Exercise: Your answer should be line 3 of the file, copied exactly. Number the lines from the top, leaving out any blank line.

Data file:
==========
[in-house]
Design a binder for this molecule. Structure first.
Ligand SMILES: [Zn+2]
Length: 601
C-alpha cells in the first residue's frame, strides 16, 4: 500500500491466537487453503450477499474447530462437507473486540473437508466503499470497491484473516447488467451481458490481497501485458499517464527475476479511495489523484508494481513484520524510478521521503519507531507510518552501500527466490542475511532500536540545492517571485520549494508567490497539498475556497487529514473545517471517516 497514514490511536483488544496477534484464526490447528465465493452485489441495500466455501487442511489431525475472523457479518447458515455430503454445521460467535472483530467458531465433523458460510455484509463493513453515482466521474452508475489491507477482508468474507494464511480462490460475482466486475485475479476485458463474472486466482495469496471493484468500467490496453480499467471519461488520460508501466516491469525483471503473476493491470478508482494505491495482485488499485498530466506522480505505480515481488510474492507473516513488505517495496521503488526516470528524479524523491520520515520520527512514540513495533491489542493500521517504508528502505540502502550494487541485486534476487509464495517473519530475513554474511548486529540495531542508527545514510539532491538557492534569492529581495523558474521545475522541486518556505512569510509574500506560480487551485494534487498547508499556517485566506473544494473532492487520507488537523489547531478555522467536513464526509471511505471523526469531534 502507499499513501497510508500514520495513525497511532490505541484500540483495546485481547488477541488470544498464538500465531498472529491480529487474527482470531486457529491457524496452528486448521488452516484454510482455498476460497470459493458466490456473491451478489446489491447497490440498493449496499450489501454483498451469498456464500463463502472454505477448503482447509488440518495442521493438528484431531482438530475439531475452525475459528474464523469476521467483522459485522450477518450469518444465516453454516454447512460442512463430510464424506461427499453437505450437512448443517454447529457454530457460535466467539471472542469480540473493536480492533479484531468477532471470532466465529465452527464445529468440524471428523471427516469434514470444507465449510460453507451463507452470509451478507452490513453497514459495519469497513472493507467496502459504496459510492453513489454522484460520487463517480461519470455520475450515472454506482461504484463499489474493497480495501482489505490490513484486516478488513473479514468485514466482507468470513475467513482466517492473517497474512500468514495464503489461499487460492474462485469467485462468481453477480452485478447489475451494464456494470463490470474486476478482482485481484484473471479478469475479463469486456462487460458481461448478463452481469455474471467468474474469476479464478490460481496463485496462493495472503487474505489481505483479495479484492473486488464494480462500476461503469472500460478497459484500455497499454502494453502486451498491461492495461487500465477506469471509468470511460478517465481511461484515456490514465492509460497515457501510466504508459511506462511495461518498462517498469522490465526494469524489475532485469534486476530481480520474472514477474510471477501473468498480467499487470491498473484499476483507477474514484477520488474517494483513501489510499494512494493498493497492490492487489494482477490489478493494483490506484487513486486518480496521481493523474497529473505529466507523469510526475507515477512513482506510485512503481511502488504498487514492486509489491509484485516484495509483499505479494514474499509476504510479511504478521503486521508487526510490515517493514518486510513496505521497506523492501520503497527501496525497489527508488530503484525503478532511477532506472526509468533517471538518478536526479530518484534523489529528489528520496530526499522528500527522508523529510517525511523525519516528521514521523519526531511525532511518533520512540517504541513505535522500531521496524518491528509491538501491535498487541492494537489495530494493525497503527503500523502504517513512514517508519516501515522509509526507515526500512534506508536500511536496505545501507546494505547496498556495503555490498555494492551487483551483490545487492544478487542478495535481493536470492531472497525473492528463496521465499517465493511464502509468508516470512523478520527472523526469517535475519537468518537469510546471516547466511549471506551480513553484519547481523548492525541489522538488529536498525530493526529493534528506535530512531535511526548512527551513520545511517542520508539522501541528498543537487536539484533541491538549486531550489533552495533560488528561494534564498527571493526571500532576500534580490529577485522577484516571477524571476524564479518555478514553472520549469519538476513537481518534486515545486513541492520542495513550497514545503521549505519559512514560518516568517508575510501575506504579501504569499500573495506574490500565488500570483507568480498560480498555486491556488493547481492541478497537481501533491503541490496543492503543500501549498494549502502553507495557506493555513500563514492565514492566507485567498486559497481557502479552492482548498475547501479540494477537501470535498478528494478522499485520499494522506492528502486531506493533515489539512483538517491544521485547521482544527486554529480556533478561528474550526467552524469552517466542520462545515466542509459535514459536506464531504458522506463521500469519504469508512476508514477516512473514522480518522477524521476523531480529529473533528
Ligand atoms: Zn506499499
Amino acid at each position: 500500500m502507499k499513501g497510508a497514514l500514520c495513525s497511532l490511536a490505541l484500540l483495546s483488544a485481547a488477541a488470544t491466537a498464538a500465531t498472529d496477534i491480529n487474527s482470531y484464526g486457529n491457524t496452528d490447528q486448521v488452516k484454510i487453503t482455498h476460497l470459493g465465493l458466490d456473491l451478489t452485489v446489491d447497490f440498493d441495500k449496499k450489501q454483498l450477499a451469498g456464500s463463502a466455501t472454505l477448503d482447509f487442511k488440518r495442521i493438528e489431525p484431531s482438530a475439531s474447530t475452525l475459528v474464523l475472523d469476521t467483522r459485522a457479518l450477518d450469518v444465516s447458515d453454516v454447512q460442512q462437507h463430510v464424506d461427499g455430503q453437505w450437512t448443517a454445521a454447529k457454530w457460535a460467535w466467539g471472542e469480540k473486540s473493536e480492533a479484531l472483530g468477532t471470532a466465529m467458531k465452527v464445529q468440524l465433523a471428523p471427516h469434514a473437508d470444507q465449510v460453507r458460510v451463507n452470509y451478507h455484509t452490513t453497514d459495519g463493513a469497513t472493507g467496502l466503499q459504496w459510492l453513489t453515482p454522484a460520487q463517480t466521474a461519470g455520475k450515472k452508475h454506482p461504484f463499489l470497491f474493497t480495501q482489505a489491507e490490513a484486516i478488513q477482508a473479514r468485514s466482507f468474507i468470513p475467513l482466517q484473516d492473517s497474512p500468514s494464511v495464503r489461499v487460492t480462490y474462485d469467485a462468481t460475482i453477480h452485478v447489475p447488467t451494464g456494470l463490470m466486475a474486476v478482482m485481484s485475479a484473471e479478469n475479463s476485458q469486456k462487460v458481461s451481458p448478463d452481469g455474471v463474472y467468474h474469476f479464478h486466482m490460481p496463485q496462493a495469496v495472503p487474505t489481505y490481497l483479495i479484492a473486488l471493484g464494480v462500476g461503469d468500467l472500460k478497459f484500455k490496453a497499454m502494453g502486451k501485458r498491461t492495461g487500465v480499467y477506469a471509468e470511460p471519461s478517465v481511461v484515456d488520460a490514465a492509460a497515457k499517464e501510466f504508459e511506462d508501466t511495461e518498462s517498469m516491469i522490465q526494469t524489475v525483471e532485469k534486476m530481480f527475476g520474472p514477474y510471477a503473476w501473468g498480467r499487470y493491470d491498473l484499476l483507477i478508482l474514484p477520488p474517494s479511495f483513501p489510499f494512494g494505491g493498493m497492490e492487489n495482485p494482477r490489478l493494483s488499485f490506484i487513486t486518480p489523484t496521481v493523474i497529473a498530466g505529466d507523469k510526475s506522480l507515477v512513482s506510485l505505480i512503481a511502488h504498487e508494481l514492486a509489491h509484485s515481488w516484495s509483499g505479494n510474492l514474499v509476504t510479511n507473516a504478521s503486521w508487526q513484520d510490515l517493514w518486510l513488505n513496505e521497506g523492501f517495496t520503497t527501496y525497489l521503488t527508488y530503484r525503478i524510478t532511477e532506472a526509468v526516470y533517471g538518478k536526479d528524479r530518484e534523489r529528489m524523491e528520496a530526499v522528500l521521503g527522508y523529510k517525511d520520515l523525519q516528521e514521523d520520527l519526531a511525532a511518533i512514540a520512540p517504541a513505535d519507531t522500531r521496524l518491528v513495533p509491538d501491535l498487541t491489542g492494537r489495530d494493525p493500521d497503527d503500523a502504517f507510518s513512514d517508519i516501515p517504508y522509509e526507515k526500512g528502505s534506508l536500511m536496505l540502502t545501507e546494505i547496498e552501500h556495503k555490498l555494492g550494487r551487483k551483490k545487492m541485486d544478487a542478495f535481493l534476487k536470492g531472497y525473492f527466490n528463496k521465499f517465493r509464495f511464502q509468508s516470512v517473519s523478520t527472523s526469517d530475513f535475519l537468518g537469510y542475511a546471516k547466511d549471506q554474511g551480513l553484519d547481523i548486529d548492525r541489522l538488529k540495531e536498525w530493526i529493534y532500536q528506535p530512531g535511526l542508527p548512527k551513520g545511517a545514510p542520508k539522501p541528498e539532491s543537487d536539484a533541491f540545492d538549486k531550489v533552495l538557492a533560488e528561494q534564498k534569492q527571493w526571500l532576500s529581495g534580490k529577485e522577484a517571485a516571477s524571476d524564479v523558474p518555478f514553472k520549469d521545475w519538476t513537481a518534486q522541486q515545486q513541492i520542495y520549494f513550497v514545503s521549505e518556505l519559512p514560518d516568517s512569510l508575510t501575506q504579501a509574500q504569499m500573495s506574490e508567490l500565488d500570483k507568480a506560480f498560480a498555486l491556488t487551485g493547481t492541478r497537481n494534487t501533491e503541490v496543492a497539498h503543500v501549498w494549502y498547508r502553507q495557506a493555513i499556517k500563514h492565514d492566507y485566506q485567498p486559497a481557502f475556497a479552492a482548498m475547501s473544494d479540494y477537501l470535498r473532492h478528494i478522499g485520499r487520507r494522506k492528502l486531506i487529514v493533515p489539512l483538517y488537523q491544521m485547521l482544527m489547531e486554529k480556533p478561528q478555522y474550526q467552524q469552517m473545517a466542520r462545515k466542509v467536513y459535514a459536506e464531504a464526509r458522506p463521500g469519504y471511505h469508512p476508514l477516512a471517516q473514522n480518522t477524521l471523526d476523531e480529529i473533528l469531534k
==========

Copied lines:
Ligand SMILES: [Zn+2]